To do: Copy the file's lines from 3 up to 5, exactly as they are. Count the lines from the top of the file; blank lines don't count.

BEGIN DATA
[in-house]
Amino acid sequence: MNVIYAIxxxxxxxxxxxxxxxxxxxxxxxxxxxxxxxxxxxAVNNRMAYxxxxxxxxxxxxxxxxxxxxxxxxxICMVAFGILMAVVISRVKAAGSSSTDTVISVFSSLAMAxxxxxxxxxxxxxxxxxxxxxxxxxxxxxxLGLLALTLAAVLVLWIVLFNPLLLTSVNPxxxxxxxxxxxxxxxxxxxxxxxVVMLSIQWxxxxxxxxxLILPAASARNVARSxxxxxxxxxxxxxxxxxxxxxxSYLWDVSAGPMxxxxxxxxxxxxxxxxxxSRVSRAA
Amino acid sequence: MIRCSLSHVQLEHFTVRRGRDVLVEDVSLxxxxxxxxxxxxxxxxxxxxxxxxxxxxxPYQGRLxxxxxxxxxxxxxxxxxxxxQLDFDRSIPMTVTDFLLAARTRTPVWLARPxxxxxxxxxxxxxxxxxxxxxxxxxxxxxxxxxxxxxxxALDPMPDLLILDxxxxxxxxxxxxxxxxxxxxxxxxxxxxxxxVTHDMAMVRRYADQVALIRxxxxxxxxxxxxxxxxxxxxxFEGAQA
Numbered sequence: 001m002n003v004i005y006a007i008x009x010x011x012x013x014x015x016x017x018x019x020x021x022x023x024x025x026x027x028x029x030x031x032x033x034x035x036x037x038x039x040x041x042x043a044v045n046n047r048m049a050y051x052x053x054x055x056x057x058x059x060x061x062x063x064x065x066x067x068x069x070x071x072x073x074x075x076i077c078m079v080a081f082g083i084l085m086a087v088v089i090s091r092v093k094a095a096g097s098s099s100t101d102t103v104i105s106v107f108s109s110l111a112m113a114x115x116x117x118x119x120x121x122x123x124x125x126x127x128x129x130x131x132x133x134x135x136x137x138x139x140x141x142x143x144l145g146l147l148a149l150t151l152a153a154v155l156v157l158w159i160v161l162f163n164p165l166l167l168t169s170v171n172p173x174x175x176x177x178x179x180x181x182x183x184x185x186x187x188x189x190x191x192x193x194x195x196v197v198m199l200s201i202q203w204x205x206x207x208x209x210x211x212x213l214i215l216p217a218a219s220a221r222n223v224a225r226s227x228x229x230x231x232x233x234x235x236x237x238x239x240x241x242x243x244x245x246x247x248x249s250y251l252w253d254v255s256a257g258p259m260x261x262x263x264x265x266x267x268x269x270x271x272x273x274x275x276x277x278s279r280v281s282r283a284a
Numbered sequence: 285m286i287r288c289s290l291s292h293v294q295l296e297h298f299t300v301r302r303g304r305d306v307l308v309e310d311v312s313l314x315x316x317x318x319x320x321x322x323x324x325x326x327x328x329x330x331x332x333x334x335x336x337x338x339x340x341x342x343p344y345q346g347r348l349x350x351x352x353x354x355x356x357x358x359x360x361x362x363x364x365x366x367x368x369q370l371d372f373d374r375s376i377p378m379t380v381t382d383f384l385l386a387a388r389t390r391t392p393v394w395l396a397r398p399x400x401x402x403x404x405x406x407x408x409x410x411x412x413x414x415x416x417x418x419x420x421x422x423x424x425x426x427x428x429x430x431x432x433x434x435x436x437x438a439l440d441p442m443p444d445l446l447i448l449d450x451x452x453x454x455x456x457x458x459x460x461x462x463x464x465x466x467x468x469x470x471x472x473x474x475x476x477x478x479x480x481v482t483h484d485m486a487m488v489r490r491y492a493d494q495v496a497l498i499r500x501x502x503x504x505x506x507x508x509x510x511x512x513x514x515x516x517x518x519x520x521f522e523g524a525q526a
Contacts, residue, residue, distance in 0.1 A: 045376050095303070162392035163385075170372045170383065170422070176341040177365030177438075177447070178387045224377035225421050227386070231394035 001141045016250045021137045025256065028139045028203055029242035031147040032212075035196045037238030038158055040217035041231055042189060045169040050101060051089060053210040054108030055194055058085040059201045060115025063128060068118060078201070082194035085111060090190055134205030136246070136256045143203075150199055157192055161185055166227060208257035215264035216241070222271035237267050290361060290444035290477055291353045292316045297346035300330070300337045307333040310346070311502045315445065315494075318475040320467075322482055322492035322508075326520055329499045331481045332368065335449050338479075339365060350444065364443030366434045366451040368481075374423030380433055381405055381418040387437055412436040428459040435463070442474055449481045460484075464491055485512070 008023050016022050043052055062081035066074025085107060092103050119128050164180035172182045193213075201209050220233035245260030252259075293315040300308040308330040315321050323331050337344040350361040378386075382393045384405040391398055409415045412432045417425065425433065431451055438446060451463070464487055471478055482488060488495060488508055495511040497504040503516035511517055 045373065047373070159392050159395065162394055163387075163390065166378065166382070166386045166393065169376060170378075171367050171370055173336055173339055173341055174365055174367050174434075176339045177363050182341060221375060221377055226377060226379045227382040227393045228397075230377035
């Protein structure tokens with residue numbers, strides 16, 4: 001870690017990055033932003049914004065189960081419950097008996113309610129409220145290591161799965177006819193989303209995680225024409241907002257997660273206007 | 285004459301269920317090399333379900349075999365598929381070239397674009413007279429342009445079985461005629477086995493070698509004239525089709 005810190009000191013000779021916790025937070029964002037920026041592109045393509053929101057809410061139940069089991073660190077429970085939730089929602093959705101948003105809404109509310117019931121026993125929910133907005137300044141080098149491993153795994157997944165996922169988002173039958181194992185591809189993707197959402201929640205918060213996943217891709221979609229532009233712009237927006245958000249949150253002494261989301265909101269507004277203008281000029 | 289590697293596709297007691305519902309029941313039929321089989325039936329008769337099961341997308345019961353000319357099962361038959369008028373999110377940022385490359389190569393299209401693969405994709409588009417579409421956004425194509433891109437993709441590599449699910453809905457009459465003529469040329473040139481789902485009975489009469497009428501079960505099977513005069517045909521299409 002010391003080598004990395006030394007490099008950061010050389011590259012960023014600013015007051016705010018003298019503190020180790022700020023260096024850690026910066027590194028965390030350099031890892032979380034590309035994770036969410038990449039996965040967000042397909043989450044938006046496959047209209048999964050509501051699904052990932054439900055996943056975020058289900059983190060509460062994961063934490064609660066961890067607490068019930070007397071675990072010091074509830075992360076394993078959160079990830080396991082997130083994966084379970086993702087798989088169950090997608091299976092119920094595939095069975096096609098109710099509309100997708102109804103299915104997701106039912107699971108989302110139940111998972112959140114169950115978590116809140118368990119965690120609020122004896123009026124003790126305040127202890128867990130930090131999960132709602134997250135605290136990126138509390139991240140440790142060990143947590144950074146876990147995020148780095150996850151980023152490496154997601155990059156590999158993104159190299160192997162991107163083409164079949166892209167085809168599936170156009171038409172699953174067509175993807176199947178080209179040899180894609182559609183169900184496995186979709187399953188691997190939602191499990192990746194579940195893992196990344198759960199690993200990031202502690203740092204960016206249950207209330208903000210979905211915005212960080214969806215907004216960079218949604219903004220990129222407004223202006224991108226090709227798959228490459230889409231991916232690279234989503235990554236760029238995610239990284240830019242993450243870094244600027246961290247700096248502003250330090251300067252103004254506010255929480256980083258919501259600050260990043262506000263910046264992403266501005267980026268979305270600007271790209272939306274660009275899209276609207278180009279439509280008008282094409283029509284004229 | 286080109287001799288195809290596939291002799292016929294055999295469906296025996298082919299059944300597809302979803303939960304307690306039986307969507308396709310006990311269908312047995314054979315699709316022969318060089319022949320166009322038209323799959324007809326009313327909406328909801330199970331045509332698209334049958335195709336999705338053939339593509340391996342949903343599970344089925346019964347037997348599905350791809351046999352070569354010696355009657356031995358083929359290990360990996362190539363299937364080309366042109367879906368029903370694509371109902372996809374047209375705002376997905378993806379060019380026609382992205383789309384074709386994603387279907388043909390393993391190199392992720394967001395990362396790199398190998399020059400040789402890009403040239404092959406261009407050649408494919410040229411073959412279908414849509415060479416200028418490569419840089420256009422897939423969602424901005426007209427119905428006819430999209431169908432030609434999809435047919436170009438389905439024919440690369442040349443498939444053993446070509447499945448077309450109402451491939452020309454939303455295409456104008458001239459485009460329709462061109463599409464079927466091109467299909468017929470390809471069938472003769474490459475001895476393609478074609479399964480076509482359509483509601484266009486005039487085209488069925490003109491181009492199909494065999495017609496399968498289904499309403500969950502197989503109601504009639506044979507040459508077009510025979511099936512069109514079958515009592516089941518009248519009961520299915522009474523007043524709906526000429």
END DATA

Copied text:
Amino acid sequence: MIRCSLSHVQLEHFTVRRGRDVLVEDVSLxxxxxxxxxxxxxxxxxxxxxxxxxxxxxPYQGRLxxxxxxxxxxxxxxxxxxxxQLDFDRSIPMTVTDFLLAARTRTPVWLARPxxxxxxxxxxxxxxxxxxxxxxxxxxxxxxxxxxxxxxxALDPMPDLLILDxxxxxxxxxxxxxxxxxxxxxxxxxxxxxxxVTHDMAMVRRYADQVALIRxxxxxxxxxxxxxxxxxxxxxFEGAQA
Numbered sequence: 001m002n003v004i005y006a007i008x009x010x011x012x013x014x015x016x017x018x019x020x021x022x023x024x025x026x027x028x029x030x031x032x033x034x035x036x037x038x039x040x041x042x043a044v045n046n047r048m049a050y051x052x053x054x055x056x057x058x059x060x061x062x063x064x065x066x067x068x069x070x071x072x073x074x075x076i077c078m079v080a081f082g083i084l085m086a087v088v089i090s091r092v093k094a095a096g097s098s099s100t101d102t103v104i105s106v107f108s109s110l111a112m113a114x115x116x117x118x119x120x121x122x123x124x125x126x127x128x129x130x131x132x133x134x135x136x137x138x139x140x141x142x143x144l145g146l147l148a149l150t151l152a153a154v155l156v157l158w159i160v161l162f163n164p165l166l167l168t169s170v171n172p173x174x175x176x177x178x179x180x181x182x183x184x185x186x187x188x189x190x191x192x193x194x195x196v197v198m199l200s201i202q203w204x205x206x207x208x209x210x211x212x213l214i215l216p217a218a219s220a221r222n223v224a225r226s227x228x229x230x231x232x233x234x235x236x237x238x239x240x241x242x243x244x245x246x247x248x249s250y251l252w253d254v255s256a257g258p259m260x261x262x263x264x265x266x267x268x269x270x271x272x273x274x275x276x277x278s279r280v281s282r283a284a
Numbered sequence: 285m286i287r288c289s290l291s292h293v294q295l296e297h298f299t300v301r302r303g304r305d306v307l308v309e310d311v312s313l314x315x316x317x318x319x320x321x322x323x324x325x326x327x328x329x330x331x332x333x334x335x336x337x338x339x340x341x342x343p344y345q346g347r348l349x350x351x352x353x354x355x356x357x358x359x360x361x362x363x364x365x366x367x368x369q370l371d372f373d374r375s376i377p378m379t380v381t382d383f384l385l386a387a388r389t390r391t392p393v394w395l396a397r398p399x400x401x402x403x404x405x406x407x408x409x410x411x412x413x414x415x416x417x418x419x420x421x422x423x424x425x426x427x428x429x430x431x432x433x434x435x436x437x438a439l440d441p442m443p444d445l446l447i448l449d450x451x452x453x454x455x456x457x458x459x460x461x462x463x464x465x466x467x468x469x470x471x472x473x474x475x476x477x478x479x480x481v482t483h484d485m486a487m488v489r490r491y492a493d494q495v496a497l498i499r500x501x502x503x504x505x506x507x508x509x510x511x512x513x514x515x516x517x518x519x520x521f522e523g524a525q526a